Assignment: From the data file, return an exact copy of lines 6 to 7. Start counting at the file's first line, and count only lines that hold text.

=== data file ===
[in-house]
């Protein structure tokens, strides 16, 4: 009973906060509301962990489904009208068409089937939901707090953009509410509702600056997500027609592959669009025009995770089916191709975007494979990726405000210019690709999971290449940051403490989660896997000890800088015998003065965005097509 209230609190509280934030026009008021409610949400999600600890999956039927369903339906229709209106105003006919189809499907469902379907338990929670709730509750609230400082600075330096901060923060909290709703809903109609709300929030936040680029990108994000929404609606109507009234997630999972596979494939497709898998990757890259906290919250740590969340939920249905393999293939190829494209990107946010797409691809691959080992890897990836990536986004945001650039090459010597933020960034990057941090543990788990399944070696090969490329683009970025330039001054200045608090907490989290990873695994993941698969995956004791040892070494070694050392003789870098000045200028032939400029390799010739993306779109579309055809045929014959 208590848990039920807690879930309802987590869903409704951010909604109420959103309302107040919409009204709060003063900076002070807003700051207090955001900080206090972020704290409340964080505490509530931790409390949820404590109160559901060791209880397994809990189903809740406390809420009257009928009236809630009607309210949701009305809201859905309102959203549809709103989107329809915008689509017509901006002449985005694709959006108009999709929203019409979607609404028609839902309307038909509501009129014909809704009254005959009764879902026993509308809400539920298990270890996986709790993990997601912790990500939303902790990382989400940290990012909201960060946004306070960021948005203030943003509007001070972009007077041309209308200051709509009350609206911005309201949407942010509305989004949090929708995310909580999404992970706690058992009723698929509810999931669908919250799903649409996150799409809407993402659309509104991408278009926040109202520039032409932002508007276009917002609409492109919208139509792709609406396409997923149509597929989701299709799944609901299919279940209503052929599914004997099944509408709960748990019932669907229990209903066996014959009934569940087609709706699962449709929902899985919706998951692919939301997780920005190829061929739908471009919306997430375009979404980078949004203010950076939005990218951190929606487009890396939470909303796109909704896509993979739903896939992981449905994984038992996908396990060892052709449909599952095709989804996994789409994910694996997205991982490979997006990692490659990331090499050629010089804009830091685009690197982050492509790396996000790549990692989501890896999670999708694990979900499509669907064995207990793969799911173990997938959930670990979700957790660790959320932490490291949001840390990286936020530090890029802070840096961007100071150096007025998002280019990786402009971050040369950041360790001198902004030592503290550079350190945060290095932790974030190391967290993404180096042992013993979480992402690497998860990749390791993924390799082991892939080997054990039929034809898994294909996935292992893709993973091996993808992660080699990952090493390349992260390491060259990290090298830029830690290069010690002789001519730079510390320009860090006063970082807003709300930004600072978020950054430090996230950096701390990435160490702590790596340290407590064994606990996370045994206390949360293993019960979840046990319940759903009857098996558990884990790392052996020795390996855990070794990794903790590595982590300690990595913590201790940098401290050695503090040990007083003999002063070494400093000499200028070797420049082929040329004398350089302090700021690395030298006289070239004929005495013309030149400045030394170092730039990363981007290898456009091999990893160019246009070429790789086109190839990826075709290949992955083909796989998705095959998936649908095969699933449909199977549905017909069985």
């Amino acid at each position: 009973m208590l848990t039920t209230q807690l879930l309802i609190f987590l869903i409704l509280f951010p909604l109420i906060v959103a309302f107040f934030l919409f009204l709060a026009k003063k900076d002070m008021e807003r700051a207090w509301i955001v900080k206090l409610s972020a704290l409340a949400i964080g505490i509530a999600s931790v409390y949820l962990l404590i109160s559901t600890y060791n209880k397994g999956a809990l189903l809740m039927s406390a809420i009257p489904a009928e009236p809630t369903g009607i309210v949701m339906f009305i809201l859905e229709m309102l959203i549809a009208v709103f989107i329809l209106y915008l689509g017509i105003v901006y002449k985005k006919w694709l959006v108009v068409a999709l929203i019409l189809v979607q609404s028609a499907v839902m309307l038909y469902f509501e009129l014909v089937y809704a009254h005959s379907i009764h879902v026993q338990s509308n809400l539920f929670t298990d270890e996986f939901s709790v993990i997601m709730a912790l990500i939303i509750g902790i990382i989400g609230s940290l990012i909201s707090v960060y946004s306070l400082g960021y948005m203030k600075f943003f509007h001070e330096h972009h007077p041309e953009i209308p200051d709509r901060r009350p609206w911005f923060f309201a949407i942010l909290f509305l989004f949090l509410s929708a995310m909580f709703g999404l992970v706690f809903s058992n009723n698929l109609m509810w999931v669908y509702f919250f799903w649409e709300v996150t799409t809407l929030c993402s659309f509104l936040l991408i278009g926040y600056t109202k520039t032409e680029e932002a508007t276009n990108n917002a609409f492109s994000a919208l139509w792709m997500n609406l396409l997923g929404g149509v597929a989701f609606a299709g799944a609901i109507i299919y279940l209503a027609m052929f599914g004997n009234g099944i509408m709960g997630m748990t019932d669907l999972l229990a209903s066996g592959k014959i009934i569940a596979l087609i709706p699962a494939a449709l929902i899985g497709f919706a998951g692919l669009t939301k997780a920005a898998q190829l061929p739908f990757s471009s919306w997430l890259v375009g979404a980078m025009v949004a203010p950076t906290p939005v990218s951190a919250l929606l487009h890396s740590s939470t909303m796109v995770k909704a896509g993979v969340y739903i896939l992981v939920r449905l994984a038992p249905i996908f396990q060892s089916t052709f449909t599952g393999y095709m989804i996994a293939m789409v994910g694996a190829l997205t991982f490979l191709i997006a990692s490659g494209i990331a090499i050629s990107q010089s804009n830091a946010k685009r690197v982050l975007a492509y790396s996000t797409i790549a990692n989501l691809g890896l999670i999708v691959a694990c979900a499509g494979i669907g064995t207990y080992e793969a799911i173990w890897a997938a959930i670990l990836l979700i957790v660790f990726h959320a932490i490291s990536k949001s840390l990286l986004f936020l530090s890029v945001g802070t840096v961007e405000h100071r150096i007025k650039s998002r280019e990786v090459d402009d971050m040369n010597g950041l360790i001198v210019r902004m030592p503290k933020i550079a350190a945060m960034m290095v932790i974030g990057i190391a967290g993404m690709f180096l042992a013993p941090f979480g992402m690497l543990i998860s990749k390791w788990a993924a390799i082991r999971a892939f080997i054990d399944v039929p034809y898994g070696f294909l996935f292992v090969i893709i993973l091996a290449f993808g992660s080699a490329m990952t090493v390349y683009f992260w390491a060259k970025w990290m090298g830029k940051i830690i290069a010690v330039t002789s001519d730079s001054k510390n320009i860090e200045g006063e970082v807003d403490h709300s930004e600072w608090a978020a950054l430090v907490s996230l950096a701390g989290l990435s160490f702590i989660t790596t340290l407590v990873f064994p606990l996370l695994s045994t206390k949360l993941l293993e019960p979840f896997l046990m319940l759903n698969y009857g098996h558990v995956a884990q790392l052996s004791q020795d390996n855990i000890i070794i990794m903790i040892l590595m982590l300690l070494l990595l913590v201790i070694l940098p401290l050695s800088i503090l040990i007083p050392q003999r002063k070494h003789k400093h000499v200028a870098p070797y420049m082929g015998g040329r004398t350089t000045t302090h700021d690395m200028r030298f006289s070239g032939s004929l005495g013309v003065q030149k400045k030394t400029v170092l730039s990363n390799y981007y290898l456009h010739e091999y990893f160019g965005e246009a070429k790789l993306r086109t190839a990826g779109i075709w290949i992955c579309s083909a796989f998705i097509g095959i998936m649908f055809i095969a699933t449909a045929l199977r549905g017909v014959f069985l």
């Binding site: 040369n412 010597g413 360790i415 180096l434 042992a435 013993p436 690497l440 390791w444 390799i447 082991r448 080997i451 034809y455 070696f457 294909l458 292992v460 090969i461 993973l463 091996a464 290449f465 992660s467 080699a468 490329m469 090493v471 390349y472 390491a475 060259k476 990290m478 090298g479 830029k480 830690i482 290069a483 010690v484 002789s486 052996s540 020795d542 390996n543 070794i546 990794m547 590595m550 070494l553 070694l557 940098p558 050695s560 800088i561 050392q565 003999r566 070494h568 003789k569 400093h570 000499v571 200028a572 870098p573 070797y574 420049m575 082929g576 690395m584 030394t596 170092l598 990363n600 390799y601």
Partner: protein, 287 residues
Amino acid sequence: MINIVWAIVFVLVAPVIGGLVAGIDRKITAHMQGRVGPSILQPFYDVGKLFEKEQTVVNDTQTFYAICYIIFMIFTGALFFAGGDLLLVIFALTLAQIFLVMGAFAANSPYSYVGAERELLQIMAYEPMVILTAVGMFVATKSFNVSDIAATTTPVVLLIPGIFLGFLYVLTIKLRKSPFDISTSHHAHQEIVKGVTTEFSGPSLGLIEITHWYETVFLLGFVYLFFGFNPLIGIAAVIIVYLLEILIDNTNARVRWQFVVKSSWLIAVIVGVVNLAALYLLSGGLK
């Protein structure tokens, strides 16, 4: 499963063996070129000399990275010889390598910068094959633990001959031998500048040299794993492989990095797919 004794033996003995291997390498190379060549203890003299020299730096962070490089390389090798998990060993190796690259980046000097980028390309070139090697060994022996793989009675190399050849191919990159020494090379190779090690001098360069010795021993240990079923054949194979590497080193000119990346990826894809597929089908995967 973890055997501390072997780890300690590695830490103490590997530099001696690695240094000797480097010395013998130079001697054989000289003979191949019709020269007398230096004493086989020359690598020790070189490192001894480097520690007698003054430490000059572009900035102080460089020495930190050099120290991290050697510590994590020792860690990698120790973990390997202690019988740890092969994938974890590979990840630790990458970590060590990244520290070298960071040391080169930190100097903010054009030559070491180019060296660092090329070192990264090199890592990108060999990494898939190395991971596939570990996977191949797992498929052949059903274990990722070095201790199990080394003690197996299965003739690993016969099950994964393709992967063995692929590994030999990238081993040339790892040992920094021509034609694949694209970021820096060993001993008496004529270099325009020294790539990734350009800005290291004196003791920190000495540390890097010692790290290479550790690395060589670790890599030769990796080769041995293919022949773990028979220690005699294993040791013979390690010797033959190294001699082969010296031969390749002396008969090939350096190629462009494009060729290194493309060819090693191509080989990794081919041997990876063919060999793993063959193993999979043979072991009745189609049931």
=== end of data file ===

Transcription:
Amino acid sequence: MINIVWAIVFVLVAPVIGGLVAGIDRKITAHMQGRVGPSILQPFYDVGKLFEKEQTVVNDTQTFYAICYIIFMIFTGALFFAGGDLLLVIFALTLAQIFLVMGAFAANSPYSYVGAERELLQIMAYEPMVILTAVGMFVATKSFNVSDIAATTTPVVLLIPGIFLGFLYVLTIKLRKSPFDISTSHHAHQEIVKGVTTEFSGPSLGLIEITHWYETVFLLGFVYLFFGFNPLIGIAAVIIVYLLEILIDNTNARVRWQFVVKSSWLIAVIVGVVNLAALYLLSGGLK
């Protein structure tokens, strides 16, 4: 499963063996070129000399990275010889390598910068094959633990001959031998500048040299794993492989990095797919 004794033996003995291997390498190379060549203890003299020299730096962070490089390389090798998990060993190796690259980046000097980028390309070139090697060994022996793989009675190399050849191919990159020494090379190779090690001098360069010795021993240990079923054949194979590497080193000119990346990826894809597929089908995967 973890055997501390072997780890300690590695830490103490590997530099001696690695240094000797480097010395013998130079001697054989000289003979191949019709020269007398230096004493086989020359690598020790070189490192001894480097520690007698003054430490000059572009900035102080460089020495930190050099120290991290050697510590994590020792860690990698120790973990390997202690019988740890092969994938974890590979990840630790990458970590060590990244520290070298960071040391080169930190100097903010054009030559070491180019060296660092090329070192990264090199890592990108060999990494898939190395991971596939570990996977191949797992498929052949059903274990990722070095201790199990080394003690197996299965003739690993016969099950994964393709992967063995692929590994030999990238081993040339790892040992920094021509034609694949694209970021820096060993001993008496004529270099325009020294790539990734350009800005290291004196003791920190000495540390890097010692790290290479550790690395060589670790890599030769990796080769041995293919022949773990028979220690005699294993040791013979390690010797033959190294001699082969010296031969390749002396008969090939350096190629462009494009060729290194493309060819090693191509080989990794081919041997990876063919060999793993063959193993999979043979072991009745189609049931």